Torrance Peeping Tom (PC § 647(i)) and Resisting Arrest

Our client, age 34, was seen in broad daylight looking into the windows of several homes at mid-day in the area near North High School.  He was wearing roller blades and short shorts.  He was shirtless.

It was a sad situation, as the houses were empty because the occupants were at work and our client had been laid off several months earlier after working for many years at a well-known Fortune 500 company.
The Reader’s Digest Version:  Client arrested for being a “Peeping Tom” (Penal Code § 647(i)), case later transferred to mental health court, as our client had mental health and drug abuse issues; case eventually resolved for three years of informal probation with only one condition: that he stay away from the house he was found peeping into.
Police were summoned to the location and found our client looking into a bedroom window.  Police called out to our client to get away from the window and he did so.

Police then told him to come over to them.  As he was doing so, he realized the gravity of what was happening and, according to the police, began stretching his legs as if preparing to escape on his roller blades.  Police then ran up to him and tackled him to the ground.

Our client allegedly resisted arrest and tried to get away from the two burly police officers, but did not injure either.  When asked what he was doing, our client explained that he was trying to spread the good word of God.  When asked what his occupation was, he told police that he was a professional athlete.  When police heard this, he explained that he someday wanted to be in the Olympics for speed skating (the Olympics are for amateurs only).

Once handcuffed, our client was taken to the Torrance Police Department and booked on suspicion of delaying, obstructing or resisting a peace officer (Penal Code § 148(a)(1)) and “peeking while loitering” (Penal Code § 647(i)), or being a “peeping tom.”

The family of the client called Greg Hill on a weekend and explained where their son was, at the Torrance Police Department.  Greg rushed over and met with him, noticing there was something about him that was just not right.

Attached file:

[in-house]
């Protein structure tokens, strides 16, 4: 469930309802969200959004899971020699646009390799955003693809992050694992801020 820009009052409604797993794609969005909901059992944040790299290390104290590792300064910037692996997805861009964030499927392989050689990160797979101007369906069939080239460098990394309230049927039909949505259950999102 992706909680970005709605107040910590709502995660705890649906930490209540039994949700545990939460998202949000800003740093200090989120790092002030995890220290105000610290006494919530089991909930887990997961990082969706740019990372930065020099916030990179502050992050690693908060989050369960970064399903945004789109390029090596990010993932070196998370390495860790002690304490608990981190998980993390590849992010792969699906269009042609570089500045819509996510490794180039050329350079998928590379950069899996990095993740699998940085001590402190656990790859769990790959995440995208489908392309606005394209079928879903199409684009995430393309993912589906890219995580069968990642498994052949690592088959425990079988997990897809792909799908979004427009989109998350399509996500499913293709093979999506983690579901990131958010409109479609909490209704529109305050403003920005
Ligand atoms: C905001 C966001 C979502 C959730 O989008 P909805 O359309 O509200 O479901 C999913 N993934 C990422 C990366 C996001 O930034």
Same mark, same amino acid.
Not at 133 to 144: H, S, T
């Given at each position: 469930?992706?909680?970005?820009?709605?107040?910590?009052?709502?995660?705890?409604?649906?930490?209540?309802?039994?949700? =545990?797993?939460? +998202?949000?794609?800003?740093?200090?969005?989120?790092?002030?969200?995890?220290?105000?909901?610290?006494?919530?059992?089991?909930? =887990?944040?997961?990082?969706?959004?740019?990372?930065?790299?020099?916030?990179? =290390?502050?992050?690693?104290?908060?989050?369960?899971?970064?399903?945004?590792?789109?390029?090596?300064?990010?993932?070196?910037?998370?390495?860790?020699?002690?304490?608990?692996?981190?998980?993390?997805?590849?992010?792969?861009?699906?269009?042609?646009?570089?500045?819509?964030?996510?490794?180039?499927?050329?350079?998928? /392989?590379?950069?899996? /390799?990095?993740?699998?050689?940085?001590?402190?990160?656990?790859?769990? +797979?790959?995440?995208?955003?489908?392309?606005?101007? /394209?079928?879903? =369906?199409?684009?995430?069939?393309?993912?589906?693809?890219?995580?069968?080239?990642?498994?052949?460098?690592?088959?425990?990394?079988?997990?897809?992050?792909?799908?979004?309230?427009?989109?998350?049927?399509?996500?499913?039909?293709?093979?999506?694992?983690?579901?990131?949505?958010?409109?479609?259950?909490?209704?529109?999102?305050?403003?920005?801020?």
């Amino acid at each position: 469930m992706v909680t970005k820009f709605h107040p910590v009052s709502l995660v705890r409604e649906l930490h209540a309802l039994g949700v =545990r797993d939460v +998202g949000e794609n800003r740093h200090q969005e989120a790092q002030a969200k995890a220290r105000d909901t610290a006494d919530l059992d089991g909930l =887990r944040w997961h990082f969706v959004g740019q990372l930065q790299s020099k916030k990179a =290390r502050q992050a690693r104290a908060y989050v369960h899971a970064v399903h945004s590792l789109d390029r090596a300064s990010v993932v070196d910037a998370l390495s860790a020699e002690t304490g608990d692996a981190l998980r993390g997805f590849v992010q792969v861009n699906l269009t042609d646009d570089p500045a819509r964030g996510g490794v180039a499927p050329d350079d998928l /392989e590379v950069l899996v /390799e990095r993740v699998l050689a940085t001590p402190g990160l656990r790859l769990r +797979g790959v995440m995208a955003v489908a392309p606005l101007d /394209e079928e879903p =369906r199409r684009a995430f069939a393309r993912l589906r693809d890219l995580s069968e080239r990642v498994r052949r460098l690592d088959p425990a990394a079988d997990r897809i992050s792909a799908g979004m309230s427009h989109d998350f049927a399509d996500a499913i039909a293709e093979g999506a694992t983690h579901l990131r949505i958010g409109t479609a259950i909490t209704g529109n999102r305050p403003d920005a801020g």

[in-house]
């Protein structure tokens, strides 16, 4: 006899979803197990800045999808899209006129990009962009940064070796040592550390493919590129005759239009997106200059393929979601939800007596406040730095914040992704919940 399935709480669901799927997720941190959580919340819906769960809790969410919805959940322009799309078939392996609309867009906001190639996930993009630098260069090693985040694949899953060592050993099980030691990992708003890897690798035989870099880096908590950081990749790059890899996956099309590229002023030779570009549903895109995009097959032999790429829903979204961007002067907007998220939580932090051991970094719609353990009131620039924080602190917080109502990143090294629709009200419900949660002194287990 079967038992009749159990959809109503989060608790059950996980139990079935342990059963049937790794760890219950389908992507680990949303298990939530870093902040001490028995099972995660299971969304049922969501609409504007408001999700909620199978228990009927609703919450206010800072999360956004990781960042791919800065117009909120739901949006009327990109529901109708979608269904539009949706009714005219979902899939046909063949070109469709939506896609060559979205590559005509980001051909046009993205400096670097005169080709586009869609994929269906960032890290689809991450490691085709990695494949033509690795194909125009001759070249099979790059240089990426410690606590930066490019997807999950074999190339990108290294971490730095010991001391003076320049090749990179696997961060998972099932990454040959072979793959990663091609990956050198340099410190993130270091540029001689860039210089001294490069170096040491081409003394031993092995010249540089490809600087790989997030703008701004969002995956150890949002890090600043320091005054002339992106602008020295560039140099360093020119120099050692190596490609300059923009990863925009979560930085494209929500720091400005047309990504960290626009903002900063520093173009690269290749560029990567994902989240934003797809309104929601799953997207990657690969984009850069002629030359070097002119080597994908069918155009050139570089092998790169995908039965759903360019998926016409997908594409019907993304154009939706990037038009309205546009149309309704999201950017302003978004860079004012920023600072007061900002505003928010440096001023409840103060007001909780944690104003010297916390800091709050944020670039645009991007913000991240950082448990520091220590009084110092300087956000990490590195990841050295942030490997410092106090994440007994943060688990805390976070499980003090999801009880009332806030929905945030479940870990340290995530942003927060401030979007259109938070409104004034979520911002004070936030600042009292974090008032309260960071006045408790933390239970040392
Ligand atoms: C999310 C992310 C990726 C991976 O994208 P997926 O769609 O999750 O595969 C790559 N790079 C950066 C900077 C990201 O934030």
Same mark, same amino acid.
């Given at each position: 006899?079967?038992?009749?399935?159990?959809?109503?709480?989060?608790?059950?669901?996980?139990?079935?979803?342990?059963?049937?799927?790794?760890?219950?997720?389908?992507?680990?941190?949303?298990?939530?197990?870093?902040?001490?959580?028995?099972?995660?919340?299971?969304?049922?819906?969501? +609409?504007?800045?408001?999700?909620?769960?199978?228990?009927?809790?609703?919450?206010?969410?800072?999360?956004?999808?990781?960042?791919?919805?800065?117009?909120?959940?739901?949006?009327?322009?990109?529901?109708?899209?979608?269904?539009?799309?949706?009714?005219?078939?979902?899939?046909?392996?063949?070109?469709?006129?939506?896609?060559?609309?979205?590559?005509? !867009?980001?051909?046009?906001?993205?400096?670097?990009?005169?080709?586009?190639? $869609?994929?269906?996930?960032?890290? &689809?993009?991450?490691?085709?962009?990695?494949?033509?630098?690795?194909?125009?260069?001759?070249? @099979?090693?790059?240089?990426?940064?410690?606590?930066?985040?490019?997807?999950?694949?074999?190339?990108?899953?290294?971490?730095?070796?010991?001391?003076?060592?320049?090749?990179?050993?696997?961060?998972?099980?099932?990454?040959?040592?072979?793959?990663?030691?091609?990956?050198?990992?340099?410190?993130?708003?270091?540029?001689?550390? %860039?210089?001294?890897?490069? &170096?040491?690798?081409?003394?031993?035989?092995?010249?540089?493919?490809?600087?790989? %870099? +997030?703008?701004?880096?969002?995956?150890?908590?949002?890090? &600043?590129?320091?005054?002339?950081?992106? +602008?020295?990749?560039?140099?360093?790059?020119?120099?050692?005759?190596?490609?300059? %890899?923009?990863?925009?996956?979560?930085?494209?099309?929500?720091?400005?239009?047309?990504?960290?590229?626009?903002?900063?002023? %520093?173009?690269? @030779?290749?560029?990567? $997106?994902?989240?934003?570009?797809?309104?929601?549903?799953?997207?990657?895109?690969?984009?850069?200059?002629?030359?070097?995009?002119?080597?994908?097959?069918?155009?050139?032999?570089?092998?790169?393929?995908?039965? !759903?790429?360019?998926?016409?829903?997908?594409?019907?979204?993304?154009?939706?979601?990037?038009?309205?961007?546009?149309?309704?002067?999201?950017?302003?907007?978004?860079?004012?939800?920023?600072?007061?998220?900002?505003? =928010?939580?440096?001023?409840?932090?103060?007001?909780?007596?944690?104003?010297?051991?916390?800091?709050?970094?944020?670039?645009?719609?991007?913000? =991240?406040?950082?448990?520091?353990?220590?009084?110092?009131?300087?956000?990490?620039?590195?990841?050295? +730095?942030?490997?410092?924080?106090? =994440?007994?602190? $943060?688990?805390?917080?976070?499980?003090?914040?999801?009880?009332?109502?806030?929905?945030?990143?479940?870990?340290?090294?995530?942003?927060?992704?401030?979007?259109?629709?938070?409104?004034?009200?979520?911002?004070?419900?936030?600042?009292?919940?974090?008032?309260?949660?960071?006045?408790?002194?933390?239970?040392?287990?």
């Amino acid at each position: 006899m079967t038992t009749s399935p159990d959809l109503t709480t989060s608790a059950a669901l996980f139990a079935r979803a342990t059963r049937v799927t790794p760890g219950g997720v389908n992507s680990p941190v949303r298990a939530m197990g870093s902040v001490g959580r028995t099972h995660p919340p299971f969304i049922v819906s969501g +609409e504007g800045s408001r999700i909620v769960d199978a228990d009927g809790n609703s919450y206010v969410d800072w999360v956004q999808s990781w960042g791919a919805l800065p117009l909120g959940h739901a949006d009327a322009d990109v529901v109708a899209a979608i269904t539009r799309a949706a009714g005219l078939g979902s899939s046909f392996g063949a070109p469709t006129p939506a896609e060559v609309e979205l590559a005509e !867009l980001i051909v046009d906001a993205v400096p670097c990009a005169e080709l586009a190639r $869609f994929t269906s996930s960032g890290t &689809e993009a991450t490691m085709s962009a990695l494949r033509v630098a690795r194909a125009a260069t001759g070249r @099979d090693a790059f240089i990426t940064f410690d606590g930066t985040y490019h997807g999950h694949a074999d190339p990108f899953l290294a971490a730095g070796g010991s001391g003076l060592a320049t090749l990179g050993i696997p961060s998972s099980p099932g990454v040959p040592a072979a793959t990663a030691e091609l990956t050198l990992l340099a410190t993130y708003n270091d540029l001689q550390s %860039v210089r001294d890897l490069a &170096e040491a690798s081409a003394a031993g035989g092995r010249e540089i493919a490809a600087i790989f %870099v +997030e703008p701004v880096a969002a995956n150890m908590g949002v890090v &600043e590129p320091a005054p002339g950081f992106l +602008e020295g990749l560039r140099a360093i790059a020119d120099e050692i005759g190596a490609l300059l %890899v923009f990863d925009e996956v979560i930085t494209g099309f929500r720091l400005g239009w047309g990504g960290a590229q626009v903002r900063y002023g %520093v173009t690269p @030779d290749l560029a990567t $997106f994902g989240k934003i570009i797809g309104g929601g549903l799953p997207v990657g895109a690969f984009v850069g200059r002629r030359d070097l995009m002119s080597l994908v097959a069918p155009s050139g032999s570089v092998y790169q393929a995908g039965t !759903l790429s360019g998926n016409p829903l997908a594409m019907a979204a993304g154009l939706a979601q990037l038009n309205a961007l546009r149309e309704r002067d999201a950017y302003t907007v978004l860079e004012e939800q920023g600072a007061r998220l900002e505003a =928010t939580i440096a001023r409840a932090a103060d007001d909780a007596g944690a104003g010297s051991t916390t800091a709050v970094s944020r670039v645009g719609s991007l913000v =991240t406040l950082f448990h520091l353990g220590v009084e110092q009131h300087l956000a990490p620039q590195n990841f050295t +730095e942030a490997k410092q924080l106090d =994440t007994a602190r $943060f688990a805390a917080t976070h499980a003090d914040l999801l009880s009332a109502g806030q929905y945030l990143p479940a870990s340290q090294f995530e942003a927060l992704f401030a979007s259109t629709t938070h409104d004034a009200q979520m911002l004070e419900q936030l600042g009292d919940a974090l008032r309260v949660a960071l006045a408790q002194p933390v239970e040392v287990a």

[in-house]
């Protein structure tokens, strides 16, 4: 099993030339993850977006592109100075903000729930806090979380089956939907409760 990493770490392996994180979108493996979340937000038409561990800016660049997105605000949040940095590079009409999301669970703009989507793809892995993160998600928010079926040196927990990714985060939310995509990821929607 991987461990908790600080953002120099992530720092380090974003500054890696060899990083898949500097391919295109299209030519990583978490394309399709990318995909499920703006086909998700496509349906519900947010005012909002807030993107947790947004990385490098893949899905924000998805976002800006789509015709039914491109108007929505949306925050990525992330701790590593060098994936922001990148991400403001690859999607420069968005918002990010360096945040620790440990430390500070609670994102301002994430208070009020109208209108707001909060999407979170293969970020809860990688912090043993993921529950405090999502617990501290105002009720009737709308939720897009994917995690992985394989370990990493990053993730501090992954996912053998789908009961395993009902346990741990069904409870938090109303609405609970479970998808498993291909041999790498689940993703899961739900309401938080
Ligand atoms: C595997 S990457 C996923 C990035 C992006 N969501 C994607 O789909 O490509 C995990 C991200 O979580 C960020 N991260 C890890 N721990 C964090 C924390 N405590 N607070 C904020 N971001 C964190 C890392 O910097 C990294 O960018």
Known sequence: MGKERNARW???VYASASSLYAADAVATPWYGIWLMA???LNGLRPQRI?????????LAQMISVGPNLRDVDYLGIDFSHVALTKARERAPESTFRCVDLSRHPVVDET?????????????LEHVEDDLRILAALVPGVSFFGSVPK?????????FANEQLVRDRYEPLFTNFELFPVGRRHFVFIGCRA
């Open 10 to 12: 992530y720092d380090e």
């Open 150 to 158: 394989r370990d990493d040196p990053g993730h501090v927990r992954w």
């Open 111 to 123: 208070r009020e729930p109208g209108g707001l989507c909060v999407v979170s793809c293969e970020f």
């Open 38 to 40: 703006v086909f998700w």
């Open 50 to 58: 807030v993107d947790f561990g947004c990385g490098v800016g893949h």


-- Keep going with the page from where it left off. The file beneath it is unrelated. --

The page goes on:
The following day, the client was arraigned.  He already had a pending possession of drugs charge also in the Torrance Courthouse.  Greg further spoke with the Client about his plans to become a professional speed skater and it became abundantly clear that the client’s mental health was doubtful.

Greg thus declared a doubt in court under Penal Code § 1368 and the client agreed with the judge in asking him if he felt he was unable to help in his defense.  Proceedings were then suspended and the matter was referred to the Los Angeles County Mental Health Court in Department 95 at the Metropolitan Courthouse.

Once in Department 95, the case was heard by a different judge.  Greg then sought appointment of a mental health expert to visit with, evaluate and diagnose our client’s mental ability to stand trial.

After several weeks, our client was found competent to stand trial by a psychiatrist and the matter returned to the Torrance Courthouse.  Greg then plea bargained the case to a disposition wherein the client was credited for time served and placed on thirty-six months of summary probation with the only condition being that he stay away from the block where he was found peering in windows.

The client was then released from custody the following day.

For more information about sex offenses, resisting arrest and mental competency issues, please click on the following articles:
  1. What Convictions Require Registration As a Sex Offender under Penal Code § 290?
  2. What Is Resisting Arrest under Penal Code § 148 (a)(1)?
  3. Penal Code § 1368, Mental Competency & Declaring a Doubt
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